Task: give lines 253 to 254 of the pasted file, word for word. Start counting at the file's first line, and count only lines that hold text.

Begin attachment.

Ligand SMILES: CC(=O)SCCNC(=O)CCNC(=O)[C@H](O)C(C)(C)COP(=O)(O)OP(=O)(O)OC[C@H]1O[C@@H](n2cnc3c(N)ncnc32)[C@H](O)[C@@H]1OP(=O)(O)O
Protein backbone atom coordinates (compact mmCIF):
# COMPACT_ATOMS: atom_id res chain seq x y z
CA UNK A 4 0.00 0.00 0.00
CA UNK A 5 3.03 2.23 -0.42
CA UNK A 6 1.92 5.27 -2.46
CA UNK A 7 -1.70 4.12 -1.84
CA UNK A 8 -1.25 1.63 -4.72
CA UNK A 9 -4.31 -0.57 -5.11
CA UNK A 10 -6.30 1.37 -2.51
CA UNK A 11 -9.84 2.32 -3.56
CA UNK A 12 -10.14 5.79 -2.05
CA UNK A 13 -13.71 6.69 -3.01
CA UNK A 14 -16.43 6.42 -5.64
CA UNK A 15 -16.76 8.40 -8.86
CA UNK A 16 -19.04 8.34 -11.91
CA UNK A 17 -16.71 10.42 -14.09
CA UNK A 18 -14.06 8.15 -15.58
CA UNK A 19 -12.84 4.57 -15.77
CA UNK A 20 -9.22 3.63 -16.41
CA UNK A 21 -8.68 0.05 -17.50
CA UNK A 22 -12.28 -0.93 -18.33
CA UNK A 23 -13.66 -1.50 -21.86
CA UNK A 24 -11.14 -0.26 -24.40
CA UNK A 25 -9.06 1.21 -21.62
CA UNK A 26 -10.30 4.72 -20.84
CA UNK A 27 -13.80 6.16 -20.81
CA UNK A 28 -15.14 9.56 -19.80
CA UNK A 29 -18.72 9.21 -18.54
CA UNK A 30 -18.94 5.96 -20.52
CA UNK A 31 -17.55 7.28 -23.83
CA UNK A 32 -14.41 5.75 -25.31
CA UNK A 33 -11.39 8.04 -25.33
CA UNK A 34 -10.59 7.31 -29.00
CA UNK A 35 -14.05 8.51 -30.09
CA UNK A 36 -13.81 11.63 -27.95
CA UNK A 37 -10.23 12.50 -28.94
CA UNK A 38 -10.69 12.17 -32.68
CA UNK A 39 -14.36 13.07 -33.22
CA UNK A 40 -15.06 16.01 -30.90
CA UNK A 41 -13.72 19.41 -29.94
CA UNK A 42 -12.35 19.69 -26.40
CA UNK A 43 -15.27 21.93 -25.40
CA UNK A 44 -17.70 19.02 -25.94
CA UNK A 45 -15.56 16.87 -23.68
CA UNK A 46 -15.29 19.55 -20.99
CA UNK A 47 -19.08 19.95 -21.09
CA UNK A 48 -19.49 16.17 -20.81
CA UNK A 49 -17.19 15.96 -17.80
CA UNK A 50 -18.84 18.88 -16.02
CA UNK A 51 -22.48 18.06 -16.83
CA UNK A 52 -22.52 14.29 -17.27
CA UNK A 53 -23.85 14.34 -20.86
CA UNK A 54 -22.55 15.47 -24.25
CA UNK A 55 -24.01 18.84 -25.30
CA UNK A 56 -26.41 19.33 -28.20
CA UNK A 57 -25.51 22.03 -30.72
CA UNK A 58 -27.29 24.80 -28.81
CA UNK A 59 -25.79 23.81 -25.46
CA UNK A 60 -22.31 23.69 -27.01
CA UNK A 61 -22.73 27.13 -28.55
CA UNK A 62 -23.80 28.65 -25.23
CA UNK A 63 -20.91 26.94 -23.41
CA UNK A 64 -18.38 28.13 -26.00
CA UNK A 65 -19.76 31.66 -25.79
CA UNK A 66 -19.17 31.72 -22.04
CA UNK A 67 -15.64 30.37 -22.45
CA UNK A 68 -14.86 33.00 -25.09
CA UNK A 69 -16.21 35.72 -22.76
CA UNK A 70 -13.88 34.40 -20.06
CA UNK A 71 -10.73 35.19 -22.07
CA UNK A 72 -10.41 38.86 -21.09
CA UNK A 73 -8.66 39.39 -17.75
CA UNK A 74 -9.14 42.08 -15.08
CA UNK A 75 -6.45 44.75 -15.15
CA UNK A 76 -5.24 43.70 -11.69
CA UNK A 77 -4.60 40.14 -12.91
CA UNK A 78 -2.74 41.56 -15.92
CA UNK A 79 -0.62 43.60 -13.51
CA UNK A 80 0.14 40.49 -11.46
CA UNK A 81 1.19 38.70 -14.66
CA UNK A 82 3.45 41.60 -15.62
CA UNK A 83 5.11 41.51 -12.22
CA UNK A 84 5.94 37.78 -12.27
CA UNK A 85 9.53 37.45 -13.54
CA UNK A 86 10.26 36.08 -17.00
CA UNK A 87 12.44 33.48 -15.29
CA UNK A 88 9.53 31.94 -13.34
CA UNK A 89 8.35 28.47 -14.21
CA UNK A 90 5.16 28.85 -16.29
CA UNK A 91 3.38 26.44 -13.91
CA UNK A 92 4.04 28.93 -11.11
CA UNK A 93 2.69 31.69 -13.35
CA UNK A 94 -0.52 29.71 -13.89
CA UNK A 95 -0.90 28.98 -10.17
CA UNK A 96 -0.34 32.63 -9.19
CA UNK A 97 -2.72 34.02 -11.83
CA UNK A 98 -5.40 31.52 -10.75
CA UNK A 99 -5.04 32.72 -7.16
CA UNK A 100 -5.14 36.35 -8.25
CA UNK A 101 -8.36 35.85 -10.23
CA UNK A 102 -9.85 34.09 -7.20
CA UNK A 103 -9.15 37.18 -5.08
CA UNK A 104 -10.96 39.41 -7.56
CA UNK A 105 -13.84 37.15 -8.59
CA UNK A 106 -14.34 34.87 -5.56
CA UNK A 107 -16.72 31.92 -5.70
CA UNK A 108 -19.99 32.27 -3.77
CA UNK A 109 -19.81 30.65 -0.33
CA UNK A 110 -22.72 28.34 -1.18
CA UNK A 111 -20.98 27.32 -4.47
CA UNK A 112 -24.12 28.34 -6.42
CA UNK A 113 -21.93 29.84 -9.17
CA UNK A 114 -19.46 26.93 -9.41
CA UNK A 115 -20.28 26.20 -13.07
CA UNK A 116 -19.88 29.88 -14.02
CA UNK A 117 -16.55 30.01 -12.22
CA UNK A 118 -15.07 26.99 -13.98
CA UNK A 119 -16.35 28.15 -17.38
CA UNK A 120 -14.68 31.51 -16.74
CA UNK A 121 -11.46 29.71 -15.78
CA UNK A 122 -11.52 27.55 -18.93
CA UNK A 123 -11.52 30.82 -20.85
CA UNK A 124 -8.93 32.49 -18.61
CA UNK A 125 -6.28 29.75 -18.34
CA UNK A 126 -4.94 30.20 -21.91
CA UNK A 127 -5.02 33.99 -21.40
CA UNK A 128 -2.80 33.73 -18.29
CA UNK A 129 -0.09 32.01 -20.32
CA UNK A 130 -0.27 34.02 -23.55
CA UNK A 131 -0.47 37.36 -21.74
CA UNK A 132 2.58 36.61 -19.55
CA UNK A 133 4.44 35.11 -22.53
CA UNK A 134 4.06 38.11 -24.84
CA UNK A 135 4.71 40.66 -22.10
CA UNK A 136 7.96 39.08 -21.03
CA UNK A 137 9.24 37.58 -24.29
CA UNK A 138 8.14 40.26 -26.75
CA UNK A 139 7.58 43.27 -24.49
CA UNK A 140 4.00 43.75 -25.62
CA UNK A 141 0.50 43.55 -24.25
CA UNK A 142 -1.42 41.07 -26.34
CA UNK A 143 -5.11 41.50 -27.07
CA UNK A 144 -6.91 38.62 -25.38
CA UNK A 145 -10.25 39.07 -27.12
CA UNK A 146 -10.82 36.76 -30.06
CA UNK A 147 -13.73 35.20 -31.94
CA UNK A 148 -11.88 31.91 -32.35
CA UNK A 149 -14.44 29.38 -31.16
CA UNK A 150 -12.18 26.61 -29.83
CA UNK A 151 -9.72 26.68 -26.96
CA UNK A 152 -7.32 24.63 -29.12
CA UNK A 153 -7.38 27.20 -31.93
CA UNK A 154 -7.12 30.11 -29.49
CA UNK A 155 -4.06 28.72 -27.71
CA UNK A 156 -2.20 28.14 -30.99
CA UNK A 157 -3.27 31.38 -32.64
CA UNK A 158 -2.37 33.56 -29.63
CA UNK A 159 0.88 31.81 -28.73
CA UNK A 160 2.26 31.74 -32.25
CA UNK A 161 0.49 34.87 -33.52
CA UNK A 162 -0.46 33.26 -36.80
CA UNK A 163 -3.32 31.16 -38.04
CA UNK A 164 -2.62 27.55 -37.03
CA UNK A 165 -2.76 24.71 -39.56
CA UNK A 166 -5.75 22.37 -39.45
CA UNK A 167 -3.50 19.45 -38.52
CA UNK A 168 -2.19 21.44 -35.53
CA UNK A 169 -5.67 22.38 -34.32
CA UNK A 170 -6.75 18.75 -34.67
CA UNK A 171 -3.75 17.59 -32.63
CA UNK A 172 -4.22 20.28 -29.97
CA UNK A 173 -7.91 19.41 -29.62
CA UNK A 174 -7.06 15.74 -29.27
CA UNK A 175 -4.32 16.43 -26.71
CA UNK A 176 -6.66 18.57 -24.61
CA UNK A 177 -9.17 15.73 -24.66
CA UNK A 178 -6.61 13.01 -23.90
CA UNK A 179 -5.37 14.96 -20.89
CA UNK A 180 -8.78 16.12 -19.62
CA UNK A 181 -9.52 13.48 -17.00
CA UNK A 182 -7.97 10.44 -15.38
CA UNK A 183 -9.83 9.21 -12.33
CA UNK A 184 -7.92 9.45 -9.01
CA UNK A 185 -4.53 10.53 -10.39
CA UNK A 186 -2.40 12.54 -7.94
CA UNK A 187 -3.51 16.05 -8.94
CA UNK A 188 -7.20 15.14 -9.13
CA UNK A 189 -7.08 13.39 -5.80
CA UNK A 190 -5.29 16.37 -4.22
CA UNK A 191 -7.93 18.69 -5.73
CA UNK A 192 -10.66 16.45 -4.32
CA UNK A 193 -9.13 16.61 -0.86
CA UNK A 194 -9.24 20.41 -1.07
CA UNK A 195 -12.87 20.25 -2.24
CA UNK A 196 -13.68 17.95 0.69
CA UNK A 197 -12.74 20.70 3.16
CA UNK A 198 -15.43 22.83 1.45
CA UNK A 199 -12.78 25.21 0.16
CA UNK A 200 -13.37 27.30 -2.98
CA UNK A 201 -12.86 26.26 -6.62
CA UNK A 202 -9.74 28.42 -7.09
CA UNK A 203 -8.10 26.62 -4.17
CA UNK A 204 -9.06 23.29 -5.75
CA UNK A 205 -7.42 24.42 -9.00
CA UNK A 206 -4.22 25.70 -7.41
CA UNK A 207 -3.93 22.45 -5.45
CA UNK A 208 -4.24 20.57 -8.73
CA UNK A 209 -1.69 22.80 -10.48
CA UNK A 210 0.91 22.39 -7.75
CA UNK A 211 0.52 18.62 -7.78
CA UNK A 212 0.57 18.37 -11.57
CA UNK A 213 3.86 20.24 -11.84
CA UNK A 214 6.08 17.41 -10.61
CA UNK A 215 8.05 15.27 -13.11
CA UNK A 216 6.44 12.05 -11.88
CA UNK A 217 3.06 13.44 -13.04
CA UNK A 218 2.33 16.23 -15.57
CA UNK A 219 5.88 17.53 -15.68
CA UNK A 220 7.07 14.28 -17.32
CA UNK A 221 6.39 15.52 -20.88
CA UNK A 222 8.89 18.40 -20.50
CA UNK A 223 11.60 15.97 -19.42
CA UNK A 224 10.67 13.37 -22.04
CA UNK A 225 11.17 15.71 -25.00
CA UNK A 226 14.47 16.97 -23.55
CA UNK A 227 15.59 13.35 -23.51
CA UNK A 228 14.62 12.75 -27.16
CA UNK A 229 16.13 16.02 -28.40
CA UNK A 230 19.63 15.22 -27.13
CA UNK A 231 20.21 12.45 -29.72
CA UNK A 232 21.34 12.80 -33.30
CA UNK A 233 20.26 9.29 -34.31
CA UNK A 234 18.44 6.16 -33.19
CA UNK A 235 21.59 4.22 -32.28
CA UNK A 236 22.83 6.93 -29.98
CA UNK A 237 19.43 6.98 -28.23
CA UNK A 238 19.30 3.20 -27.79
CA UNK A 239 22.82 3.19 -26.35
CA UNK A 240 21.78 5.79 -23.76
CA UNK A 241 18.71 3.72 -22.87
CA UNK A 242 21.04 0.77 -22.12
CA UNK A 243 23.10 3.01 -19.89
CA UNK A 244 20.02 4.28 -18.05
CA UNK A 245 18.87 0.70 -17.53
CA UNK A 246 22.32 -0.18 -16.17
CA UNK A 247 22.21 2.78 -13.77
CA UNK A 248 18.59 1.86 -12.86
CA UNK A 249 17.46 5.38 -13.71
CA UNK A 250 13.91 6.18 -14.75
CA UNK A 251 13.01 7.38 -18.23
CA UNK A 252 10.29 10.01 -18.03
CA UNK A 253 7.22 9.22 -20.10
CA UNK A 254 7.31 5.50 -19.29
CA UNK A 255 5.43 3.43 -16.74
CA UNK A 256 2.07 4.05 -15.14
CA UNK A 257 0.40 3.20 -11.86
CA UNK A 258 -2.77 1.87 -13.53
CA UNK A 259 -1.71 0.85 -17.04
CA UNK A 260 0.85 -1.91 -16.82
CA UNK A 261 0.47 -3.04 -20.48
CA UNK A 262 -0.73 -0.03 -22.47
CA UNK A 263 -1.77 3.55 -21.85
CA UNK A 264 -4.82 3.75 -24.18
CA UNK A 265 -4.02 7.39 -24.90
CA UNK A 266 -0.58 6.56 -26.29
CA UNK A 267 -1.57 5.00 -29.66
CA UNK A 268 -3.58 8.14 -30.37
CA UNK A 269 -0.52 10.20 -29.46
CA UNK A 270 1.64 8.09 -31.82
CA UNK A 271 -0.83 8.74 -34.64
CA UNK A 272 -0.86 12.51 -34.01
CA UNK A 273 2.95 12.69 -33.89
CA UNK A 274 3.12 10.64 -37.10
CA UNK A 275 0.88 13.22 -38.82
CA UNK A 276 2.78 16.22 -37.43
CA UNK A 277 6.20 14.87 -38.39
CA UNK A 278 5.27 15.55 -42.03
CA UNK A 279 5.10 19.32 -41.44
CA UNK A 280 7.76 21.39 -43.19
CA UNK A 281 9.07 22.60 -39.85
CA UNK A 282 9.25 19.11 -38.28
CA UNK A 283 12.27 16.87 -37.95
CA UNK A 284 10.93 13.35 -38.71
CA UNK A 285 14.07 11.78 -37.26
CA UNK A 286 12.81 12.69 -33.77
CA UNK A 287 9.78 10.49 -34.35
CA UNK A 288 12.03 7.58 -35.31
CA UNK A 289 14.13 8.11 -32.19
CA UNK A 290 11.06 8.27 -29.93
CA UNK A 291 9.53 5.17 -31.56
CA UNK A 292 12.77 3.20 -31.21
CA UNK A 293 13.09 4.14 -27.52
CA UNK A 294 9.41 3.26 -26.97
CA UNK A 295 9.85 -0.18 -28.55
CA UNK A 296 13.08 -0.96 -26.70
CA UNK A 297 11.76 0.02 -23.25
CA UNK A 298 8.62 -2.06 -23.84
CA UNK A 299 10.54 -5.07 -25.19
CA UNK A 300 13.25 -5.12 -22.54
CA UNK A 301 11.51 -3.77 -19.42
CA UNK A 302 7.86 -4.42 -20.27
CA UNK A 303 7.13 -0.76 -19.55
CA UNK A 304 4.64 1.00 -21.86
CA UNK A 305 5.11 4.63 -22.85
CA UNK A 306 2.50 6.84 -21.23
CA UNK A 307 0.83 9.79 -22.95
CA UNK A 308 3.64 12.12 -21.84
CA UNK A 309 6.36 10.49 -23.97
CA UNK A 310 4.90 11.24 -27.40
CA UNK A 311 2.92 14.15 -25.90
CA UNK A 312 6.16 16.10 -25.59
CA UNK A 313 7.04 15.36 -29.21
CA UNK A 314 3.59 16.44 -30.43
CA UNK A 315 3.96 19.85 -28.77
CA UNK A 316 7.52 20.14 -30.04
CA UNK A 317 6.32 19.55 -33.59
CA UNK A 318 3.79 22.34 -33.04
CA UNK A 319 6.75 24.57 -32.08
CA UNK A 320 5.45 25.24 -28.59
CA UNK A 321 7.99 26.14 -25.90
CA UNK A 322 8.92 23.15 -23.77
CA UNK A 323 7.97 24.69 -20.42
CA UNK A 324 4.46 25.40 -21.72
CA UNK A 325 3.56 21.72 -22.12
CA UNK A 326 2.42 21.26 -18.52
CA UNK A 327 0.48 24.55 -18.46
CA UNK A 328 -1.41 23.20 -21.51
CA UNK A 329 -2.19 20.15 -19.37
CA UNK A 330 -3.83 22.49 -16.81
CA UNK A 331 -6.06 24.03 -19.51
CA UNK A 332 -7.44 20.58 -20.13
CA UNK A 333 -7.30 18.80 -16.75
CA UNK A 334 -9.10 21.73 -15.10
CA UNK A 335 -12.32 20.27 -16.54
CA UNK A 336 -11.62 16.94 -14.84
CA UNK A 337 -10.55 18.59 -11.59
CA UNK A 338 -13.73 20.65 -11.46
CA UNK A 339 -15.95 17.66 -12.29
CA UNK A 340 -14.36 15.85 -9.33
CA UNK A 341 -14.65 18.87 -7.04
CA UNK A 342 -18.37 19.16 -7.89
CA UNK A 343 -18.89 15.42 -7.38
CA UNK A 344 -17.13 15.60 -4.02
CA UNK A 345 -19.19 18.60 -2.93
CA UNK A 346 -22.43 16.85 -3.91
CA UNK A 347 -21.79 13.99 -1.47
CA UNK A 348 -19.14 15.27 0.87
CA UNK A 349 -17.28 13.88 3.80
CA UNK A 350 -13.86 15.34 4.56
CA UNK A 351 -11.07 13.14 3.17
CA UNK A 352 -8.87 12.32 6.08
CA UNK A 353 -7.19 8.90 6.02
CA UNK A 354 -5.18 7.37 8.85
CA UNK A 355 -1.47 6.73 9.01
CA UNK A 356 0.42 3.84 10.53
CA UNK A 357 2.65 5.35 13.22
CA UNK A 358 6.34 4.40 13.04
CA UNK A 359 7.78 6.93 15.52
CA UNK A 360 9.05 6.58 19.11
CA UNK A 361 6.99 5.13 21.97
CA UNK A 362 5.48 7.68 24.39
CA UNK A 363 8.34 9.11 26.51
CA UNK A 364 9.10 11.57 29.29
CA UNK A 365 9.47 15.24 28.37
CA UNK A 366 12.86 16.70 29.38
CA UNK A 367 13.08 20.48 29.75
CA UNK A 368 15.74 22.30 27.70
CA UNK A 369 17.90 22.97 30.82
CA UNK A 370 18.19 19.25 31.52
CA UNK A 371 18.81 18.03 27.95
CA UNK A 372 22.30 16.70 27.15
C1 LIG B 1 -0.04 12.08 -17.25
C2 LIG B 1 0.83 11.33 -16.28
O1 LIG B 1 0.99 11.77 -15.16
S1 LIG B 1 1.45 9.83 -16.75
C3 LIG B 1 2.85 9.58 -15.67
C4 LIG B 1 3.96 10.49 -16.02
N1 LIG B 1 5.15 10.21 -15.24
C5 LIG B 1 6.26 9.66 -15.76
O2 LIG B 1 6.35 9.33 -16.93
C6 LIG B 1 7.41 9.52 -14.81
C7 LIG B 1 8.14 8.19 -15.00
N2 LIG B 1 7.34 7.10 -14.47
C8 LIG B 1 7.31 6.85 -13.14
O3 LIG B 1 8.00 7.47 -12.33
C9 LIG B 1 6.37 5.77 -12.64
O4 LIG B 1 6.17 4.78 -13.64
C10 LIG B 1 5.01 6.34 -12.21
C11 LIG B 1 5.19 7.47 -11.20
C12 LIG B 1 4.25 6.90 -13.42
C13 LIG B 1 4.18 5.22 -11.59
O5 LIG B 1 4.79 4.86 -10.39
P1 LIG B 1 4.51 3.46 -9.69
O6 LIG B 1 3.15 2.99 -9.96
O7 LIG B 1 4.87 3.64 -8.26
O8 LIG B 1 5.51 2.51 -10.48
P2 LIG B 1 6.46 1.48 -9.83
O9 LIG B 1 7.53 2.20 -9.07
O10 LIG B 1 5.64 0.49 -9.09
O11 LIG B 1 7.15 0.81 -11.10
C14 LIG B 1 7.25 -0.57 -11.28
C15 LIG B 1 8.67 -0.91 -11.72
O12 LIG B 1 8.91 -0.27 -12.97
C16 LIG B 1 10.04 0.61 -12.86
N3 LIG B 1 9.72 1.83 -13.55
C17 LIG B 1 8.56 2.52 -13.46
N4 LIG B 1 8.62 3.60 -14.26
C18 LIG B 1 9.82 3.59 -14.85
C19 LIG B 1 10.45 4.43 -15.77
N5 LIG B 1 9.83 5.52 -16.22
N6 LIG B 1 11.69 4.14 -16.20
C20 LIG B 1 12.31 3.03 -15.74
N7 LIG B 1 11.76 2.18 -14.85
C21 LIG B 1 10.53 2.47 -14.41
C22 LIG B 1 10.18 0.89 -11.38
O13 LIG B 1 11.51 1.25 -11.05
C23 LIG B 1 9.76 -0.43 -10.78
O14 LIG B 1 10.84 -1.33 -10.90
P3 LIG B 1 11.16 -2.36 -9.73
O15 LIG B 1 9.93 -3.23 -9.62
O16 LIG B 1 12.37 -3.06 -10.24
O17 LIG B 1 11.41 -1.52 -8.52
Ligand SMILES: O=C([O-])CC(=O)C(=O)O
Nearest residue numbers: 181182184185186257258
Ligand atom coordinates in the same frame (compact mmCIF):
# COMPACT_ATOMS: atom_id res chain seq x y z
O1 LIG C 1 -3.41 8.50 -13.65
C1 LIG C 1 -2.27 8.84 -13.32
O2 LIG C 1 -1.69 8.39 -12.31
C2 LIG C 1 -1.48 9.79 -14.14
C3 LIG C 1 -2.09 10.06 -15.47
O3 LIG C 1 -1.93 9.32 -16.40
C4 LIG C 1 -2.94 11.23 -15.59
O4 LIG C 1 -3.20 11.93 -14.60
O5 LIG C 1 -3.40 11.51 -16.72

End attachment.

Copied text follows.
CA UNK A 253 7.22 9.22 -20.10
CA UNK A 254 7.31 5.50 -19.29